IDA not sold on solar PILOTs


By Patsy Nicosia

The Schoharie County IDA needs more time to consider a Board of Supervisors’ resolution that sets a $20,000 per-megawatt minimum for solar PILOTs.
NYSERDA—the state’s energy arm—suggests a fraction of that—just $3,100 per-megawatt.
But that doesn’t come close to measuring a project’s local impact, argued Energy Committee chair Don Airey, who brought the $20,000 figure to the IDA Thursday.
IDA members Peter Johnson and Ben Oevering backed Mr. Airey’s figure, but other members wanted something in writing that also looks at granting PILOTs on a project-by-project basis first.
“It looks like we have a solar conundrum that’s going to generate a lot of heat no matter what,” said IDA chair Chet Burton.
How, he asked, did the energy Committee come up with the $20,000 figure? a question Mr. Airey flipped.
“I wish someone would ask NYSERDA how they came up with $3,100,” he said; developers for Birdseye Solars in the Town of Sharon didn’t balk at a $15,000 PILOT there and negotiations for another project he didn’t identify are at $90,000 for a three-megawatt project.
“We went with $20,000 to have a standard that we know is economically viable,” Mr. Airey said, though $25,000 and $30,000 were also discussed.
“Frankly, $20,000 is still less than fair, but it’s reasonable. It’s still a deep discount when you look at what we’re giving up: very valuable grid capacity that could be used for economic development and to create real jobs.”
PILOTs are tax breaks traditionally given to companies in exchange for job creation.
Even the 50-megawatt NextEra solar project just approved by the state in the Town of Sharon, however, is expected to mean just a few jobs once construction is over.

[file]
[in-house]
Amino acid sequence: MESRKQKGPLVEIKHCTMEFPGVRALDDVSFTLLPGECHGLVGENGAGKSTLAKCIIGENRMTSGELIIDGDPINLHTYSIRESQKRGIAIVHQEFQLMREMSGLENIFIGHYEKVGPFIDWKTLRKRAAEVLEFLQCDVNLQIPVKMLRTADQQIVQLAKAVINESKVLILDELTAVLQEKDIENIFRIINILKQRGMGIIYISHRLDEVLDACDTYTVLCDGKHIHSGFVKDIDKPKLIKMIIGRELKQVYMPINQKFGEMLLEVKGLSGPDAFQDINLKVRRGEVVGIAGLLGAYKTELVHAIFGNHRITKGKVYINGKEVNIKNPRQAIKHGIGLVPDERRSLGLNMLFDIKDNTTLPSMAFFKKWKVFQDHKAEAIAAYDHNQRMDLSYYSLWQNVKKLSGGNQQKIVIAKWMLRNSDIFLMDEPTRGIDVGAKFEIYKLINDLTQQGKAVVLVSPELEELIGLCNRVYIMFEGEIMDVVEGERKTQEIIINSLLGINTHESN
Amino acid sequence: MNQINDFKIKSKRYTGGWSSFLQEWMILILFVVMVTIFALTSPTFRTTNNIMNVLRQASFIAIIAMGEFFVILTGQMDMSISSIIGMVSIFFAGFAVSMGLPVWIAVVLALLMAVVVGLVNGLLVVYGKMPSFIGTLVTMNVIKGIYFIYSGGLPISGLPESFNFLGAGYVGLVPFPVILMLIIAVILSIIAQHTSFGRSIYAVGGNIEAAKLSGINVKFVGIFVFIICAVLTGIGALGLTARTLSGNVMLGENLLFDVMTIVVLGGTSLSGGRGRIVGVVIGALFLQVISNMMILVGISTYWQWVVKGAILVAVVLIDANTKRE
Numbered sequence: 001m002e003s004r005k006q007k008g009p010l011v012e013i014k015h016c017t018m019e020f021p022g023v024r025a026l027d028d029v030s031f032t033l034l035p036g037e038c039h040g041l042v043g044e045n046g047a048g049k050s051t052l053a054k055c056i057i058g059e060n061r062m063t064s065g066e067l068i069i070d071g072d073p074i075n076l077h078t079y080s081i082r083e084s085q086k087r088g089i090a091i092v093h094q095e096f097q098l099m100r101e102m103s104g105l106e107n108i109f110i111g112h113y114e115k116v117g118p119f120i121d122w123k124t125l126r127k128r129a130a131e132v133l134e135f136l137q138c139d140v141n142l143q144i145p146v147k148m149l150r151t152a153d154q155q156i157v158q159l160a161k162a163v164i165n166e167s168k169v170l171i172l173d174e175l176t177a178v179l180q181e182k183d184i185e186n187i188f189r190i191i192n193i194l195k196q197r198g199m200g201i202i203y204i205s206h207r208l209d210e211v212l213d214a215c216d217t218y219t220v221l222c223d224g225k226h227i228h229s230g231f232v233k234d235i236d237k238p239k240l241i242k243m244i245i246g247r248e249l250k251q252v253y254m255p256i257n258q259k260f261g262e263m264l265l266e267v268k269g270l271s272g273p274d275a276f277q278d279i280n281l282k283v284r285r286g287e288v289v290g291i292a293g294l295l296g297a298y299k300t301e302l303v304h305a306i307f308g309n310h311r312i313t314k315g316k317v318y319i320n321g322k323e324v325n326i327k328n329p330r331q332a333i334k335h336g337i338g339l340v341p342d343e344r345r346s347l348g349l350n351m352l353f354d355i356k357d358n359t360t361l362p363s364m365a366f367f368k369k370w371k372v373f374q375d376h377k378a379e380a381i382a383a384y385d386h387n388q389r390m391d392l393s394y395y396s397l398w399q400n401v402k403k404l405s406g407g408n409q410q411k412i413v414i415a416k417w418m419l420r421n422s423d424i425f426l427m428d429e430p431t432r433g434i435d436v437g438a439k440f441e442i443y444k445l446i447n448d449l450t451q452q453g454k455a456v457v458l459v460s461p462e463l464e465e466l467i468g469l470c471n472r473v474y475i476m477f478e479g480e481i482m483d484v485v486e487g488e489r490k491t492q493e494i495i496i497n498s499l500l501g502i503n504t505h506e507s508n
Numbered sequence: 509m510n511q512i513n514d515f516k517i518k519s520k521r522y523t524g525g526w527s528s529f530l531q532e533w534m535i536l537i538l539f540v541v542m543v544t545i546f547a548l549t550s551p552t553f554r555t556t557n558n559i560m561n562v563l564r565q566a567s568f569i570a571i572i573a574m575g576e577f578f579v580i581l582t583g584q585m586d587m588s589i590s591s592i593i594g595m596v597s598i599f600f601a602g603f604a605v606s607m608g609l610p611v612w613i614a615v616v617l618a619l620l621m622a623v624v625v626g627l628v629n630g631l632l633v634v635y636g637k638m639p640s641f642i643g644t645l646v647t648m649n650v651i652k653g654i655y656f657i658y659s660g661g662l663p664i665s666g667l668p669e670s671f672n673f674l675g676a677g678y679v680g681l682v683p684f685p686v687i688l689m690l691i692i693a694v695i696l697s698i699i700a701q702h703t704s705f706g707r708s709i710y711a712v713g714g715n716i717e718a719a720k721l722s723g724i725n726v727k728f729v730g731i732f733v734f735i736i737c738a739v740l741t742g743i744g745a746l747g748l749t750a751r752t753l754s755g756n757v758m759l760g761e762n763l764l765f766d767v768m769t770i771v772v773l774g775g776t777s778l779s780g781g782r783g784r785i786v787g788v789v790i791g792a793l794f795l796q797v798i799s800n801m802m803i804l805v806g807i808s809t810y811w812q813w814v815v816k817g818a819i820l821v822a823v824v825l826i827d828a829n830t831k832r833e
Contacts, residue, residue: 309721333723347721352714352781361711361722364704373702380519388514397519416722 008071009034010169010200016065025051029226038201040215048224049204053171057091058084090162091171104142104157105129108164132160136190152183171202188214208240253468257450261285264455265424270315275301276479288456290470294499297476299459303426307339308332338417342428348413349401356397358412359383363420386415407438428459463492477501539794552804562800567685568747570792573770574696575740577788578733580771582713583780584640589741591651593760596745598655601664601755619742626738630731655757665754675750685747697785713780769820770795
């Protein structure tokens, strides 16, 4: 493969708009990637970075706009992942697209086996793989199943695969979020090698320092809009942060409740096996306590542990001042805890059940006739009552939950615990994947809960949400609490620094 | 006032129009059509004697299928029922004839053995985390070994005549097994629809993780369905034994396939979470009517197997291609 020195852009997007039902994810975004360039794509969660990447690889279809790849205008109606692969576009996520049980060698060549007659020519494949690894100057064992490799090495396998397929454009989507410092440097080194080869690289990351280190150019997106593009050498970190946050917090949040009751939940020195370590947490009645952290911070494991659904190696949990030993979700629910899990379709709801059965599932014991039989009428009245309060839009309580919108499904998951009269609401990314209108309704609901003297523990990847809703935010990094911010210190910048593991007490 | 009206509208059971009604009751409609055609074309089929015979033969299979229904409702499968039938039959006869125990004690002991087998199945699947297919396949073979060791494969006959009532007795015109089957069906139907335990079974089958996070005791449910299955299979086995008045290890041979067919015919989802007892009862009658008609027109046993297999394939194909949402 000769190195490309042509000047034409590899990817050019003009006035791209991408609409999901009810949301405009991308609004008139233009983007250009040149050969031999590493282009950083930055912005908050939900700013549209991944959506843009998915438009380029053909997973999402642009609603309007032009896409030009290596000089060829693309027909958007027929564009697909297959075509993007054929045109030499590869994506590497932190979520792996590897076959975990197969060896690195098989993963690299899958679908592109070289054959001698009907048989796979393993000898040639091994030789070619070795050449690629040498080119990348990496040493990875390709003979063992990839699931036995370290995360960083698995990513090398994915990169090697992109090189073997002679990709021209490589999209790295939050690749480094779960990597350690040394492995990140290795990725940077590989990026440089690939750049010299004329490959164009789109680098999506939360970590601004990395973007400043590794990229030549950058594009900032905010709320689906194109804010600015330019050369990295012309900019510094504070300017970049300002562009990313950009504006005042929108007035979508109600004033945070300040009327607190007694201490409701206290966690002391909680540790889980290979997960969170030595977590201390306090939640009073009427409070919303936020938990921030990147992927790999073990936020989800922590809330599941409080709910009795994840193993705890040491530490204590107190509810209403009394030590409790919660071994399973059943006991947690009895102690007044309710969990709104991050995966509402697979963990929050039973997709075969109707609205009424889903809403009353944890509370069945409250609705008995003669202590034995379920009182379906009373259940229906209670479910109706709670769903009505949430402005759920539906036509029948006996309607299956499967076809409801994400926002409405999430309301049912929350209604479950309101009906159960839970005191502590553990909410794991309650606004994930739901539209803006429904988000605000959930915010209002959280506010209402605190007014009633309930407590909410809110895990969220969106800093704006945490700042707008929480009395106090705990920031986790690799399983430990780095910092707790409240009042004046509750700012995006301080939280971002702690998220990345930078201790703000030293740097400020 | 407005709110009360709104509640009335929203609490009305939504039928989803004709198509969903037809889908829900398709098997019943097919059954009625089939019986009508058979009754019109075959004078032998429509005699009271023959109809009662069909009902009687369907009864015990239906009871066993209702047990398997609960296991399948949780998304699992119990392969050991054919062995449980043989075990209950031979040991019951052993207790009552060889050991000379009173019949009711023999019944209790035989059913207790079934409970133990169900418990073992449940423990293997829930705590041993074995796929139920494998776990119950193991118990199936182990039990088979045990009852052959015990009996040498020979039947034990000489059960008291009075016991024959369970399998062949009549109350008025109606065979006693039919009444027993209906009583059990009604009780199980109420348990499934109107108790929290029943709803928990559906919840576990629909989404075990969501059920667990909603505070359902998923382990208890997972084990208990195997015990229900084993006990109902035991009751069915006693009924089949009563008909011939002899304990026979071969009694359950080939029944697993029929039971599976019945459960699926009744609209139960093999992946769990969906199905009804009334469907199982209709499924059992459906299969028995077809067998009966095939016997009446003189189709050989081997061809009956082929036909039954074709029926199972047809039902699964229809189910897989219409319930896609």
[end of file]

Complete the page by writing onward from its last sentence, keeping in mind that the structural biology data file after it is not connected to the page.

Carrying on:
Joe Trapani, IDA vice chair, however, warned against a set PILOT.
The IDA has to listen to everyone, he said—including the State of New York and those who support solar projects.
“I believe in home rule, but I’m not sure it’s necessary to put a number on this right now,” Mr. Trapani said. Maybe it will be $30,000, maybe it will be $15,000…”
That’s a point well-taken, Mr. Airey said, but Schoharie County and the IDA need to recognize the millions any solar project stands to make through not only selling electricity, but incentives and tax credits and demand that the companies be true partners.
That partner part is missing with NextEra, he said.
NextEra had refused to share construction costs with the independent assessor the county hired to help calculate the full-value tax assessment or PILOT.
At first they refused, he said, now they’re requesting the county sign an—illegal—non-disclosure agreement first.
“So, so much for partners,” Mr. Airey said.
“We have to stay strong…Two or three years from now, these projects may be going for $40,000. I don’t want to be the dummy who goes for $20,000.”
Joe Scott, an attorney for the IDA, said the state is watching what IDAs do with solar.
“I’m concerned that if we take what some consider extreme action…this power [setting PILOTs] may be taken away from us…$20,000 is aggressive. It’s a weighty issue.”
Mr. Airey said he’s already heard talk that the state may change how solar projects are assessed—lowering their value and with it, taxes.
“How long before we’re paying them?” he asked, “because that’s the way it’s going. Yes, the state might not be happy, but they don’t care if we’re happy and I don’t think we’re being unreasonable.”
Mr. Johnson said there’s nothing wrong with communities being treated equitably by solar and Mr. Oevering called Mr. Airey’s a well thought-out plan on an issue towns might not be able to tackle on their own.
Mr. Burton asked Mr. Scott to put something together that reflects the supervisors’ resolution and alternatives for the IDA’s February meeting.